A book review by Frances Devlin-Glass
Sam McCready: Baptism by Fire: My Life with Mary O’Malley and the Lyric Players, Lagan Press, Belfast, 2007.
ISBN: 978 1 904652 44 1
This is not a recently published book, but it fell into my hands recently, partly as a result of Tinteán’s series of articles marking the death of Seamus Heaney, and I thought it worthwhile bringing it to the attention of readers of this magazine.
This book is a memoir by one of the leading theatre practitioners and teachers in Northern Ireland, Sam McCready. It tells the vivid early history of the Lyric Theatre in Belfast from its founding in 1951 by Mary O’Malley and her husband Pearse at their home in Derryvolgie Avenue until the establishment of the first of two theatres on the banks of the Lagan in 1968. As the title suggests, the theatre had a very tumultuous beginning, and this narrative gives a grainy account of those first two decades, before Field Day, and then jumps to the death in 2006 of Mary O’Malley, its founding force of nature. Building the new theatre which opened in 1968 so sapped her energies that she had withdrawn soon after and returned to the South, but before this phase of the enterprise, she had been a powerhouse whom McCready styles as doing for the North what Lady Gregory several generations earlier had done at the Abbey.
McCready tells a great story of a passion for theatre which began as an individual’s campaign and morphed into a communal one. Mary O’Malley’s first theatre (until a purpose-built one was constructed nearly 20 years later) was in a converted ‘multi-storied barrack of a house’ that had formerly been home to the Northern Ireland Fire Service. Although the house was large, its theatre space was studio-sized, tiny with improvised entrances and exits into the domestic parts of the house, until it was extended in 1957. But on that ‘toy theatre’ stage in the Derryvolgie Avenue house, and in adjoining rooms, came together a vast assemblage of creators of all kinds: actors in many age cohorts (including children learning their craft), musicians, set-designers who were abstract artists (like Alice Hammerschlag, a Viennese survivor of Auschwitz), voice and poetry coaches, dancers, choreographers and costume-designers (like Helen Lewis).
McCready makes much of how Belfast in the 1950s was a cultural desert, and I wondered if, in terms of serious literary theatre, the same could not also be said of many cities in the western world; certainly ’50s Brisbane and Melbourne were not too dissimilar from Belfast. The commercial theatres were moderately busy, and it was at the Grand Opera house that Sam got his first small roles, but small theatres were creatures of the ’40s, ’50s and ’60s. Dublin was perhaps an exception and an inspiration in this regard, with its various vital periods of theatre dating from the turn of the twentieth century.
McCready tells a credible story of a woman whose intensity and high (sometimes idiosyncratic) demands put Mary at odds with people, and she was guilty of pushing them too hard. In addition to acting, Sam was called upon to peace-make, thereby enabling the creativity to go forward despite the prickly imperious personality of the main begetter.
One of the inevitable tensions at the Lyric was the cultural divide in Belfast itself as the theatre, run by a Cork-born nationalist outsider who favoured the plays of the Irish Literary Renaissance, brought into its orbit Protestants and Unionists – people like McCready, who trained as a teacher of drama at Stranmillis Teacher’s College (having knocked back a scholarship to RADA for lack of confidence that he could afford, or access tights, a rudimentary part of the trainee actor’s kit). The theatre was undoubtedly a triumphant force for reconciliation in a heavily sectarian and divided community.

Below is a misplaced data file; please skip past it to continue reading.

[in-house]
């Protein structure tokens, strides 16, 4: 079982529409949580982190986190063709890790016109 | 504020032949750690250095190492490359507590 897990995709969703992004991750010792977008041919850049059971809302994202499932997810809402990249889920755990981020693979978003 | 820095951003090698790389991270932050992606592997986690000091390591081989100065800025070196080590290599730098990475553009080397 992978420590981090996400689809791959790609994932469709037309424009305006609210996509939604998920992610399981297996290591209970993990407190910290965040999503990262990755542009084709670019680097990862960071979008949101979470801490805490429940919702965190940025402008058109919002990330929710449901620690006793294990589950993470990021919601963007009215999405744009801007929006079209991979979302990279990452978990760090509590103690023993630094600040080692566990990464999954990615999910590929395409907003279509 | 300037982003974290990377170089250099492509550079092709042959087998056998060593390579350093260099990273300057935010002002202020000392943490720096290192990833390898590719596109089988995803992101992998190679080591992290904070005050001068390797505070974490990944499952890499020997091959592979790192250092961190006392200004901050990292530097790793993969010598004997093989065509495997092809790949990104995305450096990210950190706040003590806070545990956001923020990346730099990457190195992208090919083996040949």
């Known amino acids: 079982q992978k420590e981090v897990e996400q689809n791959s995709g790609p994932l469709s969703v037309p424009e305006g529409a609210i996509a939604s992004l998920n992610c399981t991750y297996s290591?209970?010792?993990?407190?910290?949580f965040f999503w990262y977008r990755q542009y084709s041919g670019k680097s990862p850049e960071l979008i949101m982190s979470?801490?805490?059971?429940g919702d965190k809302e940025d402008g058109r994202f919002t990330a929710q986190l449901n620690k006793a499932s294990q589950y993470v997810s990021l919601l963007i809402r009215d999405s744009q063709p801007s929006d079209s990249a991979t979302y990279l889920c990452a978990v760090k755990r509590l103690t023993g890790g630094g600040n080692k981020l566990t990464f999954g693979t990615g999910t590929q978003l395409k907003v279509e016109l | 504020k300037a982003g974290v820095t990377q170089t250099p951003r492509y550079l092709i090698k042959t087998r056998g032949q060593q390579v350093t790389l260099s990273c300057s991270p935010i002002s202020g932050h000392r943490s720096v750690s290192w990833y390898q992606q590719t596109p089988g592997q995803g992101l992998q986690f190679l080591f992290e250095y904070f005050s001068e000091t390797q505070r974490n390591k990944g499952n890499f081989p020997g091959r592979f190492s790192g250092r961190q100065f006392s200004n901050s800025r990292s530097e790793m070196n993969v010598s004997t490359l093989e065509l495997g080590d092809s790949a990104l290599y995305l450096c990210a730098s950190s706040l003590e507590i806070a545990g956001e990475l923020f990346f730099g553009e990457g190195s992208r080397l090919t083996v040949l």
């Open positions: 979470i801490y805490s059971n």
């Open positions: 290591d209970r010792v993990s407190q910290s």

Her choice of repertoire served to introduce the young and gifted teacher to the mythology of Ireland and the Ulster cycle – it became his ‘school of Irish literature, art and culture’. Yeats’s plays, no longer often performed, were central to the repertoire, so much so that Micheál MacLíammóir introduced her to the Abbey Board as ‘Hail Mary, full of Yeats’. McCready stresses the multi-arts collaboration that Yeats’s plays require, calling on skill in poetry, music, paining, sculpture, mask-making, interpretive dance and music, and mime, all working harmoniously and ceremoniously. Eventually, these productions became so refined that the Lyric was in demand for performances in Dublin and at the Yeats School in Sligo.
This is a fascinating account of a small theatre which was of immense significance not only for the theatrical work it did, its training of actors, its theatre schools, but also for its cultural work in Belfast and Northern Ireland more generally. What a tragedy that its crowning achievement, a purpose-built theatre, could not be enjoyed by those who created the conditions for its existence. But the Lyric, even without Mary and people like Sam, did have a life after Mary, and continues into the present with the brief of producing ‘indigenous’ NI theatre.
My mother, Peggy Hussey (1911-1992), would have loved this book. Graduate of the London Guildhall School, she was one of RTE’s first drama producers, and a leading light in Dublin’s amateur drama scene of the 40’s and 50’s. I have forwarded this review to her grandson, VCA-graduate John-Paul Hussey, who, a bit like McCready, turned down one of only ten places in Trinity College’s new BA in Theatre Studies (1986) in favour of migrating to Australia. John-Paul’s ‘Monkey Trilogy’ speaks of some painful moments in his life, the first of which took place in Belfast when, at the age of two, he was separated from his mother while she spent five months in the Royal Maternity.